Senstone's smart pendant turns your random thoughts into text

Note-taking wearable to be available from early next year
Senstone turns your thoughts into text

If you're anything like us, there's probably a digital notepad on your phone filled with odd strands of ideas, bizarre thoughts and reminders to buy milk. When it comes to setting reminders or taking notes, the smartphone feels like the easiest way to do it, especially when you're out of the house.

But a company called Senstone has come up with a new way for you to capture those thoughts throughout the day, which doesn't require you reaching into your pocket at all. It's still a work in progress, but the Senstone smart pendant is an intriguing device that records voice memos, automatically organises them for you, and translates them into text.

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The pendant can also be worn as a bracelet or necklace, designed to look like a piece of jewellery. A small LED inside lights up to indicate it's recording, but other than that there are no giveaway signs that there's any technology in this at all.

Founder Nazar Fedorchuk told Wareable that there are some ideas it's still looking to implement before the final device is ready. Right now, you need to tap the device to start recording, but the creators are working on a way to record by clicking your fingers.

Once your sound bite is done, it will sync with your phone where the app will file it with the rest of your recordings, organised either by the location they were taken or the keywords you assign.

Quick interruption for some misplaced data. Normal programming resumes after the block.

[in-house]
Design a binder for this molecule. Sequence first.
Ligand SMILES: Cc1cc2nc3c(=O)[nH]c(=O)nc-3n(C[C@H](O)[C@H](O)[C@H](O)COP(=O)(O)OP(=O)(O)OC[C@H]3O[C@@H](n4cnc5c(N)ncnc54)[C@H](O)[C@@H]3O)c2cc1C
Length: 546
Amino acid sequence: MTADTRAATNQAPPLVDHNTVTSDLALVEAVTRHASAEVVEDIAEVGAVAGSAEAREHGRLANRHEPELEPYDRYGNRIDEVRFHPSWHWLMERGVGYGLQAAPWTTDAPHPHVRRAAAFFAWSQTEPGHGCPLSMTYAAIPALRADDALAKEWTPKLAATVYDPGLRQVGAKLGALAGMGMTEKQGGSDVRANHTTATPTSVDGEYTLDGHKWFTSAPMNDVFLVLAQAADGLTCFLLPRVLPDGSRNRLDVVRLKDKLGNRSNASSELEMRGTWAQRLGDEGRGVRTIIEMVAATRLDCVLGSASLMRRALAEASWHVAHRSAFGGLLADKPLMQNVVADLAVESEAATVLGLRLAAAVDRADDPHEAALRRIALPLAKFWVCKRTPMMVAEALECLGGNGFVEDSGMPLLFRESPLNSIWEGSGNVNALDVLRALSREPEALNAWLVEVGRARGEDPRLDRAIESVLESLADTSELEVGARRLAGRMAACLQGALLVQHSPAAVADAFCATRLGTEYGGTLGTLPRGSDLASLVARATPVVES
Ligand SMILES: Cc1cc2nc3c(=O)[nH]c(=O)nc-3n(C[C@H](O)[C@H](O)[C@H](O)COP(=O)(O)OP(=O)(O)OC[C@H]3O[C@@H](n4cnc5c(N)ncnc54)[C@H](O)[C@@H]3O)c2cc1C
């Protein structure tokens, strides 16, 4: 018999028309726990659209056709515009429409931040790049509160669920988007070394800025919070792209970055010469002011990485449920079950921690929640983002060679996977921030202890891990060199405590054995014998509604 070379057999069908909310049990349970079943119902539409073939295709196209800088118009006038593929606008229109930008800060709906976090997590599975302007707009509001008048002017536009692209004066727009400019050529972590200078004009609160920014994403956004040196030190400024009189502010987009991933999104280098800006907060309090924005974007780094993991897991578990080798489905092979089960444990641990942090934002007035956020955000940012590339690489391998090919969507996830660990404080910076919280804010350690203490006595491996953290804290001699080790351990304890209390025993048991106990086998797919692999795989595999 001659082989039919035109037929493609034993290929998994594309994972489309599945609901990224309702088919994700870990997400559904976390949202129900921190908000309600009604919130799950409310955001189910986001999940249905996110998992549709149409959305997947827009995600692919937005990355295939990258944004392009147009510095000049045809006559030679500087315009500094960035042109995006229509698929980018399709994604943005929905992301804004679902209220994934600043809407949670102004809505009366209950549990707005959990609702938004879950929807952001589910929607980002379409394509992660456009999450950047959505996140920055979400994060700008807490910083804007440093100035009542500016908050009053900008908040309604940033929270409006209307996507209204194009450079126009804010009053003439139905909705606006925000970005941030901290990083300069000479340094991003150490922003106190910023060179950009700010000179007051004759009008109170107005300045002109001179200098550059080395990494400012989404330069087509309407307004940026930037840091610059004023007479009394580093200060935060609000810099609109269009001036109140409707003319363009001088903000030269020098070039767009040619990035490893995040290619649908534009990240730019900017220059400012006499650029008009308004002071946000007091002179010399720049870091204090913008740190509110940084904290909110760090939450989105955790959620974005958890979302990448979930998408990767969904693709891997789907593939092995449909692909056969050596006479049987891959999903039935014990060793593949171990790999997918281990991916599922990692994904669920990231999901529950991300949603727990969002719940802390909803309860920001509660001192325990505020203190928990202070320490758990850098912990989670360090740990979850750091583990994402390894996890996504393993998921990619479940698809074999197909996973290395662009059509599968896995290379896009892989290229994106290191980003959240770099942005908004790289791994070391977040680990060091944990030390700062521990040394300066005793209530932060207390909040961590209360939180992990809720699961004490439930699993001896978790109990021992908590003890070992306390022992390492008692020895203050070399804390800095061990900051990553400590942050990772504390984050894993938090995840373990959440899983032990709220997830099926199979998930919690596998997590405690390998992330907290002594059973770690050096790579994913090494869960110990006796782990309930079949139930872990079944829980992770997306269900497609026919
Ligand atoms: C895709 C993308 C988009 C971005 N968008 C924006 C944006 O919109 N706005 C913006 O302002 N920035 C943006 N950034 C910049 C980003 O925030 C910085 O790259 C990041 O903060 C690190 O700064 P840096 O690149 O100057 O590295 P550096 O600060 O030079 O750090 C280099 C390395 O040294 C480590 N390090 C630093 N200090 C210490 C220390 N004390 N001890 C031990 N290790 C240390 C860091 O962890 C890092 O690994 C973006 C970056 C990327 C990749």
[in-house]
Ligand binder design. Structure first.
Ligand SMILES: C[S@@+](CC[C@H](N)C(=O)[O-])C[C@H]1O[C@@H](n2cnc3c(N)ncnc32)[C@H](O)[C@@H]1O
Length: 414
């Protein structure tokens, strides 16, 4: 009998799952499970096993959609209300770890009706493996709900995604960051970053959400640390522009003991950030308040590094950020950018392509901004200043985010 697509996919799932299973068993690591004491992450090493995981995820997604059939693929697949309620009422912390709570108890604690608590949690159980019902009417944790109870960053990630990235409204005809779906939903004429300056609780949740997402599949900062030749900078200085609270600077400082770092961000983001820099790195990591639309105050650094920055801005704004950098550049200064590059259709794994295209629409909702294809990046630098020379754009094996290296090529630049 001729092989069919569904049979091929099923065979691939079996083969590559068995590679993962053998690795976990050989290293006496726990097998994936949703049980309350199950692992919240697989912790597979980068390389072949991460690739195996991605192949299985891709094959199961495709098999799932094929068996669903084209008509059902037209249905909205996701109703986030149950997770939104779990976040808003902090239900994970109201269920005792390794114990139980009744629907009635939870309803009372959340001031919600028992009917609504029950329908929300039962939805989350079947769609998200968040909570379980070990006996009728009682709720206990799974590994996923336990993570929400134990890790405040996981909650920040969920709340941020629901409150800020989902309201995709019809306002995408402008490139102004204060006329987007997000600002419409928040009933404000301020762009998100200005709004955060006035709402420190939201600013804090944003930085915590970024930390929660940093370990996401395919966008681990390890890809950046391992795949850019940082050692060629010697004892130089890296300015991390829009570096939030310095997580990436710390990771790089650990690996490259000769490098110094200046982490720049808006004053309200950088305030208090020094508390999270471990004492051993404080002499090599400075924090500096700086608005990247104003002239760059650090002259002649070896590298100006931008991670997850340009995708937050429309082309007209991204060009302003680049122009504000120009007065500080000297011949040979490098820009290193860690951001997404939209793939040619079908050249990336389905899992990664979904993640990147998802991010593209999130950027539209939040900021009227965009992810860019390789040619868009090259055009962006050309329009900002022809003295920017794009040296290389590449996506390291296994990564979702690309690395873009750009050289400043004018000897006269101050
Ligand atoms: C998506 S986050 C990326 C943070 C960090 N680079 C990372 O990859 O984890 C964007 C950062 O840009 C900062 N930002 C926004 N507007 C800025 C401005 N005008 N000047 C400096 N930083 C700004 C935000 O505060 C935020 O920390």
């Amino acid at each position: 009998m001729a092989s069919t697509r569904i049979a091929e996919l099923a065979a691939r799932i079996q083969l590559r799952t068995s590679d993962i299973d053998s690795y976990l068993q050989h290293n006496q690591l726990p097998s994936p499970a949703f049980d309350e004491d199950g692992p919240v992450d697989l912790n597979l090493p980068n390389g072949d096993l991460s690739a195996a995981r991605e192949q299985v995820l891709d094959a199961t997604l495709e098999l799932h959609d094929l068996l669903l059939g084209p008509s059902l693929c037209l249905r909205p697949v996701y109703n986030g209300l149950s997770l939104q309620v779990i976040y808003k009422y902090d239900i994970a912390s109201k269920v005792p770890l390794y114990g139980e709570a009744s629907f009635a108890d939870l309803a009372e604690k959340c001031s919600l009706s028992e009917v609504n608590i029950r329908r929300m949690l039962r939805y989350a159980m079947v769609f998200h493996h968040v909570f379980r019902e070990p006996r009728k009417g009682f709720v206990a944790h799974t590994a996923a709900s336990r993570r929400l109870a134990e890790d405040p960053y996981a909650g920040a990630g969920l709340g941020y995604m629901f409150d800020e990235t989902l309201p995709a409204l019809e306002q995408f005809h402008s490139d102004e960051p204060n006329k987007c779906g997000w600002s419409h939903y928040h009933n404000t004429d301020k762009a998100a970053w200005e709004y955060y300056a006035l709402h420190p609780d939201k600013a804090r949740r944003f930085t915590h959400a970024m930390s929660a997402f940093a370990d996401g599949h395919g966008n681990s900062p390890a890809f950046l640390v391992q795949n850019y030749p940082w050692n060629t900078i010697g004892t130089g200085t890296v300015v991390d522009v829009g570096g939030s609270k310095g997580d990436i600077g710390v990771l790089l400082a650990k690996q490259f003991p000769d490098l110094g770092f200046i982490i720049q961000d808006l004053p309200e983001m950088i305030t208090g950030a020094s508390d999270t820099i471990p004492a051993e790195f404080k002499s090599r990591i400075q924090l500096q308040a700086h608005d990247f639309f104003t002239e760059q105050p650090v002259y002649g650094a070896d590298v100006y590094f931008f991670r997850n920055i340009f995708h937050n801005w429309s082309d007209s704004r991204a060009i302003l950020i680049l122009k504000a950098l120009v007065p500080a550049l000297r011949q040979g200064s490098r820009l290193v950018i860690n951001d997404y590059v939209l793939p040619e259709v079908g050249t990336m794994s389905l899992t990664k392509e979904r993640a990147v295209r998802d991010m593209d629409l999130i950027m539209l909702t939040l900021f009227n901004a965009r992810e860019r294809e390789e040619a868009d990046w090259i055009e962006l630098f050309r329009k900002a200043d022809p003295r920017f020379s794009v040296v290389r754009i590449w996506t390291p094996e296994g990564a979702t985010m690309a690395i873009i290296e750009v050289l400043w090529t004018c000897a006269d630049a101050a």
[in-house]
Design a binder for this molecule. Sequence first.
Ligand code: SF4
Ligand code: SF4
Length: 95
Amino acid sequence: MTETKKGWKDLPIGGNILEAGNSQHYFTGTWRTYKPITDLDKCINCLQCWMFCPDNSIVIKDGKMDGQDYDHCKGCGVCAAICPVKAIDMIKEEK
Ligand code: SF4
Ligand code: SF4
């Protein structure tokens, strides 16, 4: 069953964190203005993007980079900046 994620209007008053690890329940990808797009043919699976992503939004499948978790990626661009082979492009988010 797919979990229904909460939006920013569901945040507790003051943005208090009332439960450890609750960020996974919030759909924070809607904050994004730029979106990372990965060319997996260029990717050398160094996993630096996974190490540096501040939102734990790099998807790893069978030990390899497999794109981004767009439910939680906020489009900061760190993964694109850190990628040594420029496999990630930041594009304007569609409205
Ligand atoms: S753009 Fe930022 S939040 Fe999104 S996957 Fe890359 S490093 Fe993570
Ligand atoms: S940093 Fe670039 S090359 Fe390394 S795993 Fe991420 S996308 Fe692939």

They can easily be shared outside the app, too. If your phone isn't nearby, you can record up to two hours of audio on the device's memory, which automatically unloads onto your phone (and wipes from the stone) when paired.

Work has been done on the mic to make sure it focuses on your voice and does its best to block out background noise. We got to play with an early prototype, and our favourite thing about the Senstone isn't the recording itself but how it organises audio files and converts them into text.

The accuracy was pretty good, but we only had a quick test and we'd want to spend a few days with it to see how reliable it is in the long term. Senstone is using its own software for the organisation part, but for voice conversion it's still trying out different options to find the most accurate, including Nuance and IBM's Watson.

Fedorchuk said the device has been a year and a half in development, with pre-orders currently open on the site. But he told Wareable the plan is to launch a Kickstarter this November, with a goal of raising $50k and a shipping date currently aimed at Spring 2017. [Update: Senstone tells us it's postponed the Kickstarter to January].

We like the idea of being able to jot down thoughts without getting out our smartphones, although we're not sure how many people would pay to do so. The speech-to-text conversion does make it niftier though, and the design is nice. We'll be giving this a test at the first possible opportunity.


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